Tribute to Jimmy Rogers

Jimmy Rogers (June 3, 1924 December 19, 1997) was a blues singer, guitarist and harmonica player, best known for his work as a member of Muddy Waters' band of the 1950s.

Jimmy RogersCareer
Jimmy Rogers was born James A. Lane in Ruleville, Mississippi, on June 3, 1924, and was raised in Atlanta, Georgia and Memphis, Tennessee. He adapted the professional surname 'Rogers' from his stepfather's last name. Rogers learned the harmonica alongside his childhood friend Snooky Pryor, and as a teenager took up the guitar and played professionally in East St. Louis, Illinois (where he played with Lockwood.htm">Robert Lockwood, Jr., among others), before moving to Chicago in the mid 1940s. By 1946 he had recorded his first record as a harmonica player and singer for the local Harlem record label (not to be confused with the New York based label of the same name), although his name was not including on the label the record was issued under the names 'Memphis Slim and his Houserockers'.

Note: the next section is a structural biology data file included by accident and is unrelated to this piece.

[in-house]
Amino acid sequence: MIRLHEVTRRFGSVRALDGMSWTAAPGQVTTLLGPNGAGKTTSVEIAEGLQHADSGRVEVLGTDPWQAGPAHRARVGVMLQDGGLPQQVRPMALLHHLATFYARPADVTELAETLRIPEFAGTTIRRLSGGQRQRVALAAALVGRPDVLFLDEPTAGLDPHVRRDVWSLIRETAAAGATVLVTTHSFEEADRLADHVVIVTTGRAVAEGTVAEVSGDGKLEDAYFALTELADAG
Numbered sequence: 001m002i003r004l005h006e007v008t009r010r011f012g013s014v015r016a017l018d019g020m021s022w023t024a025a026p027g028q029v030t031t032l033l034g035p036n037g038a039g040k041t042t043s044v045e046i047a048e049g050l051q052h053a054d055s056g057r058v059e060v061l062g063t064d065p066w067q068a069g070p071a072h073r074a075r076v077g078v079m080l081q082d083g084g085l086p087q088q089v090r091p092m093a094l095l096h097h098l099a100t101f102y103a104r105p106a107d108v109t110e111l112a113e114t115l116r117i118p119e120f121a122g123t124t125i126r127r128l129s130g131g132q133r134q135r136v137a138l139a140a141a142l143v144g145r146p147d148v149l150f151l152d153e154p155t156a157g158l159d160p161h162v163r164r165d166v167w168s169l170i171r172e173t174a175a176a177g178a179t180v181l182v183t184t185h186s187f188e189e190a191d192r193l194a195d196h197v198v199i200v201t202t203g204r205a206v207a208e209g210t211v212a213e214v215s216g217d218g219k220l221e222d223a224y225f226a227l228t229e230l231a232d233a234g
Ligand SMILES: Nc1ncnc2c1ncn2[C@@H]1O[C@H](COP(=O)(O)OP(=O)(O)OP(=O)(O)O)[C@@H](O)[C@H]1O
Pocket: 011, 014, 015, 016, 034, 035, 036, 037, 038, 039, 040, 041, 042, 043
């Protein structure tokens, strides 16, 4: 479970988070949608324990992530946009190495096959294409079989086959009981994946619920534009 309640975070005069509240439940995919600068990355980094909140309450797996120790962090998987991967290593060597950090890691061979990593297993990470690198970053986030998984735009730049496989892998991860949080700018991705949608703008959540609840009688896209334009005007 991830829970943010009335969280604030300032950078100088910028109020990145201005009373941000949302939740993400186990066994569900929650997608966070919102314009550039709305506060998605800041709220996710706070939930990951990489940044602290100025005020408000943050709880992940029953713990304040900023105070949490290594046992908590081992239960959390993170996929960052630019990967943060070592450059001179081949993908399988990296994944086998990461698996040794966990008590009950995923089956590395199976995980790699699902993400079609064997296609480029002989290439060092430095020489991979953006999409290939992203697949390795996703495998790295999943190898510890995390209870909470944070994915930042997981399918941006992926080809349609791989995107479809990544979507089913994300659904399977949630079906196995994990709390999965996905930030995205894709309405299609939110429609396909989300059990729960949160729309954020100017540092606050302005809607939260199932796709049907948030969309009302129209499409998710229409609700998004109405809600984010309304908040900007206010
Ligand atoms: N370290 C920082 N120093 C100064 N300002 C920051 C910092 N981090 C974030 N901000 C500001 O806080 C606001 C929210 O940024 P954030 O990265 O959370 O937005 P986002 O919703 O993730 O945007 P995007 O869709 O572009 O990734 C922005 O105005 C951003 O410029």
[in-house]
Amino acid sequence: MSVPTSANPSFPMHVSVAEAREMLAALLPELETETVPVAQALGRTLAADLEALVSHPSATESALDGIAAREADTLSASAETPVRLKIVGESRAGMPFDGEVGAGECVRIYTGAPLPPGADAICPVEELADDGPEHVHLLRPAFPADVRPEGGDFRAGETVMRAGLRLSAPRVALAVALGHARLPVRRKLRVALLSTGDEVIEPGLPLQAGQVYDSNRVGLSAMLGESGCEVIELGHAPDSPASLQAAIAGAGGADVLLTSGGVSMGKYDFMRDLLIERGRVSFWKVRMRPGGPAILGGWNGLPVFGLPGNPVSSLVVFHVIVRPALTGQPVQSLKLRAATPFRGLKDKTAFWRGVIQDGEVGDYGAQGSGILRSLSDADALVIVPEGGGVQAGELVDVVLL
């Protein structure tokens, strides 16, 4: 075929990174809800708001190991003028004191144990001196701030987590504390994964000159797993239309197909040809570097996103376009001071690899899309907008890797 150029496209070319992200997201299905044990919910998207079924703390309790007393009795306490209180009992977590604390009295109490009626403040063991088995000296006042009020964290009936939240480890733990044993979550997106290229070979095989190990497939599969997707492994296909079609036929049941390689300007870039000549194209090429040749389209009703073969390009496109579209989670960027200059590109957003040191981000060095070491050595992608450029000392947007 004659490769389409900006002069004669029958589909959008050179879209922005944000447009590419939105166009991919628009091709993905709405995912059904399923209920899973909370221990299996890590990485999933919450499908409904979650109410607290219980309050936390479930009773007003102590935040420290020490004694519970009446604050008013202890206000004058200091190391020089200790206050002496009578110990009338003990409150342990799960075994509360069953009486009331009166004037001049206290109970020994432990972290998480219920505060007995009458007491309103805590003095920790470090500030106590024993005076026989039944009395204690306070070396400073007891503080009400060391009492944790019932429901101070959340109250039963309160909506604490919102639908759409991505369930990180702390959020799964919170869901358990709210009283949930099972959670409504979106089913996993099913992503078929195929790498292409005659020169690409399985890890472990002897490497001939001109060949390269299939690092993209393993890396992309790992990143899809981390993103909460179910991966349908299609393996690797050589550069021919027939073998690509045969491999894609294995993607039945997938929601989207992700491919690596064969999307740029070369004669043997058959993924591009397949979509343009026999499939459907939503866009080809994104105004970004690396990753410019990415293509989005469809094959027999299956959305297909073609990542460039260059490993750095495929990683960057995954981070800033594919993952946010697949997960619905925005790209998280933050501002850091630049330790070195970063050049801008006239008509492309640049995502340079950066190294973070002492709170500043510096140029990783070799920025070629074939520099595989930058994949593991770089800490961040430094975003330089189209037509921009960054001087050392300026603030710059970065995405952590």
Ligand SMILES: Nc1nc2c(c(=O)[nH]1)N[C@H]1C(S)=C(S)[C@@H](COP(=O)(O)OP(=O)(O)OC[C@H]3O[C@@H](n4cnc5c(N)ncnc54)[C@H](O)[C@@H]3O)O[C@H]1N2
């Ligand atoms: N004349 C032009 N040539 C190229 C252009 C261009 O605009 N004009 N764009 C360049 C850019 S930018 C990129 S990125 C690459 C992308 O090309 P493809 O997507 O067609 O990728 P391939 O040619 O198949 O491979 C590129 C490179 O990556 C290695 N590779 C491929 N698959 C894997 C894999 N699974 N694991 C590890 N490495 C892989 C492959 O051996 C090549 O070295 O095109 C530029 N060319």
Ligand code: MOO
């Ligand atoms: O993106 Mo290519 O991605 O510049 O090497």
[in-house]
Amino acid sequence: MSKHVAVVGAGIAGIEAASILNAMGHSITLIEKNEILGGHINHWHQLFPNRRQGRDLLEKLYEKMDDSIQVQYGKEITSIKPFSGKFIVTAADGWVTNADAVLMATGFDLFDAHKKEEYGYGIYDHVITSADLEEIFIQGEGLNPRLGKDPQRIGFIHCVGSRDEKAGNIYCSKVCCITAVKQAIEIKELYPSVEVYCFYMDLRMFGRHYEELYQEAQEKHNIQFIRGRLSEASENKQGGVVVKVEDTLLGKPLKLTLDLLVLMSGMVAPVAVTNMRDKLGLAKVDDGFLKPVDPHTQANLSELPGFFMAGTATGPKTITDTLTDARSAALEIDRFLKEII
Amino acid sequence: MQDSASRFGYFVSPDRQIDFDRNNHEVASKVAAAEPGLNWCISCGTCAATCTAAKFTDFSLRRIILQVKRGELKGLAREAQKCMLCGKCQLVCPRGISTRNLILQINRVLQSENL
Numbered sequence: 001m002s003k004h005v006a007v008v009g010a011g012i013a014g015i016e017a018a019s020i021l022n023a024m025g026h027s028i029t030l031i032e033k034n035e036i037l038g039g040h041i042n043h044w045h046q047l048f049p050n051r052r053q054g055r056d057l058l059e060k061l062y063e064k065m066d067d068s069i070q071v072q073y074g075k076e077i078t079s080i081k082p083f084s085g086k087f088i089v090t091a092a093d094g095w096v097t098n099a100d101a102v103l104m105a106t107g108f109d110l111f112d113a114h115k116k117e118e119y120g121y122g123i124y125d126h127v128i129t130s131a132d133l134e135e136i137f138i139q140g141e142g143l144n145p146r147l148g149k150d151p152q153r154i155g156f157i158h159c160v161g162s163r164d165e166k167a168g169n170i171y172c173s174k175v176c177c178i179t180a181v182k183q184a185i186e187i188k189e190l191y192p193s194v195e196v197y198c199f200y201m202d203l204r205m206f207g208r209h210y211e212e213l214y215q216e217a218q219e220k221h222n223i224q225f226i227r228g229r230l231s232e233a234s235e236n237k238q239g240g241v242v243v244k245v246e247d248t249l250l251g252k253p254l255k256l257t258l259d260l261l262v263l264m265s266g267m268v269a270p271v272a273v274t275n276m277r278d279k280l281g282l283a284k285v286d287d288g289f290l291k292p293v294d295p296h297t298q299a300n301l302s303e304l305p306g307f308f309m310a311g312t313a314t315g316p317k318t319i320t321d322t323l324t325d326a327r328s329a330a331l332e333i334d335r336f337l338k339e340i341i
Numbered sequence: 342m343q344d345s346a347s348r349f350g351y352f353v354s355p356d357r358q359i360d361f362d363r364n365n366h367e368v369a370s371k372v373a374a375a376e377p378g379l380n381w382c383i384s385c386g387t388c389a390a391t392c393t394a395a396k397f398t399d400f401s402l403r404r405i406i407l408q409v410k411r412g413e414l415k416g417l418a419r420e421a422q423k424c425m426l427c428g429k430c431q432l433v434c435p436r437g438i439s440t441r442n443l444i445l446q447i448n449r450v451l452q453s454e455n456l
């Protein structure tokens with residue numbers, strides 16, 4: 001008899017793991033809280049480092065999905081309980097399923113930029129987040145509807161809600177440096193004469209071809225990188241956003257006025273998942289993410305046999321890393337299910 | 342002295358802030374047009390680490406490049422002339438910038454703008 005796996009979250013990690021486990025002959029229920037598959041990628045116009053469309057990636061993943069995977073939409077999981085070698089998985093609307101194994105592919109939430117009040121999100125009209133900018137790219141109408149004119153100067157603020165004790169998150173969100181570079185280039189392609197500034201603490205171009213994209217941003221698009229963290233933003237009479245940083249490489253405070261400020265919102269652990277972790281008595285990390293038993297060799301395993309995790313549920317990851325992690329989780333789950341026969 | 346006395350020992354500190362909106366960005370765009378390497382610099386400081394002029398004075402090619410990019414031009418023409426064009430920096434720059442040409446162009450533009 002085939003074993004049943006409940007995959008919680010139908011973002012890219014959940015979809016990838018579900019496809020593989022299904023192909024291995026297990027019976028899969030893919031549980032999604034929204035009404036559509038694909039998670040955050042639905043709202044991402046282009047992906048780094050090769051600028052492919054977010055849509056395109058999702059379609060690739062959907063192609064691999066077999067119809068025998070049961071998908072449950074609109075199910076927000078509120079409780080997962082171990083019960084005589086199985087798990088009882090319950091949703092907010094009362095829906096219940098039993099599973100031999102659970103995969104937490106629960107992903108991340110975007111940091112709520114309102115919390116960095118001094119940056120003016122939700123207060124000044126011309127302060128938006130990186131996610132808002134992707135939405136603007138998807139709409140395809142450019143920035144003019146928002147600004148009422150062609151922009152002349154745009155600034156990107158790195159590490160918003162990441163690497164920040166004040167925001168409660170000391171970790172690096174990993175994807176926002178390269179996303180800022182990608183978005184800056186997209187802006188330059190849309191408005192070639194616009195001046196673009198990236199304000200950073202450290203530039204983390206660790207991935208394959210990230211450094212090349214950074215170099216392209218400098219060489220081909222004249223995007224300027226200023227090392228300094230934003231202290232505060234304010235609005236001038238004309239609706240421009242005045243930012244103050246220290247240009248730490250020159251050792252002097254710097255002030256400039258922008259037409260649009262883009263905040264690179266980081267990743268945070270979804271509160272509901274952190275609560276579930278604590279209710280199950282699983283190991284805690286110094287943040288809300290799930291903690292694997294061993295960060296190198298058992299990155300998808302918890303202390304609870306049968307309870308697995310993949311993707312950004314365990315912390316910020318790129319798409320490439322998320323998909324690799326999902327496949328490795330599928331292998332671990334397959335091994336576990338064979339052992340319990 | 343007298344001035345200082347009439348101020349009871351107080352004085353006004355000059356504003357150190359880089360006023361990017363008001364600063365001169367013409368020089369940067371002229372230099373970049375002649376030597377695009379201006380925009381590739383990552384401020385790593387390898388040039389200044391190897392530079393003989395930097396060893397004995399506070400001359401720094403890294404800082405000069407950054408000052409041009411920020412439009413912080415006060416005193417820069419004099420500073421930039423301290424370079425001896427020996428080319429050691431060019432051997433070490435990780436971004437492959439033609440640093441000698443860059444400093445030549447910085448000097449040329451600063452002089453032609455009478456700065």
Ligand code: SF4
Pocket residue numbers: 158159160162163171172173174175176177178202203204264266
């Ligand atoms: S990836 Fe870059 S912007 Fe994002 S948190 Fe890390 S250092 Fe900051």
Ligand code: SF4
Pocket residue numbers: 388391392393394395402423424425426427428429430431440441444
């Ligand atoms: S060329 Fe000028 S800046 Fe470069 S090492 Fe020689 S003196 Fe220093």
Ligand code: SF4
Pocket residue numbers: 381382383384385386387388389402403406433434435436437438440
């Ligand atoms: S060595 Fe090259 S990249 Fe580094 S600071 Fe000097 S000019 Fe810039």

Rogers joined Muddy Waters the next year, with whom he helped shape the sound of the nascent Chicago Blues style. Although he had several successful releases of his own on Chess Records beginning in 1950 with "That's Alright", he stayed with Waters' until leaving his band for a solo career in 1954. In the mid 1950s he enjoyed several successful record releases on the Chess label, most notably "Walking By Myself", but as the 1950s drew to a close and interest in the blues waned, he gradually withdrew from the music industry. In the early 1960s he worked as a member of Howling Wolf's band, before finally withdrawing from the music business altogether for almost a decade. He worked as a taxicab driver and owned a clothing store, until his store was burned in the Chicago riots that followed the assassination of Dr. Martin Luther King, Jr. in 1968. He gradually began performing in public again, and in 1971 when fashions made him a reasonable draw in Europe, Rogers began occasionally touring and recording again, including a 1977 reunion session with his old bandleader Waters. By 1982, Rogers was again a full-time solo artist.

In 1995 Rogers was inducted into the Blues Hall of Fame.

He continued touring and recording albums until his death in 1997, in Chicago. He was survived by his son, James D. Lane, who is also a guitarist and a record producer and recording engineer for Blue Heaven Studios and the APO Records label.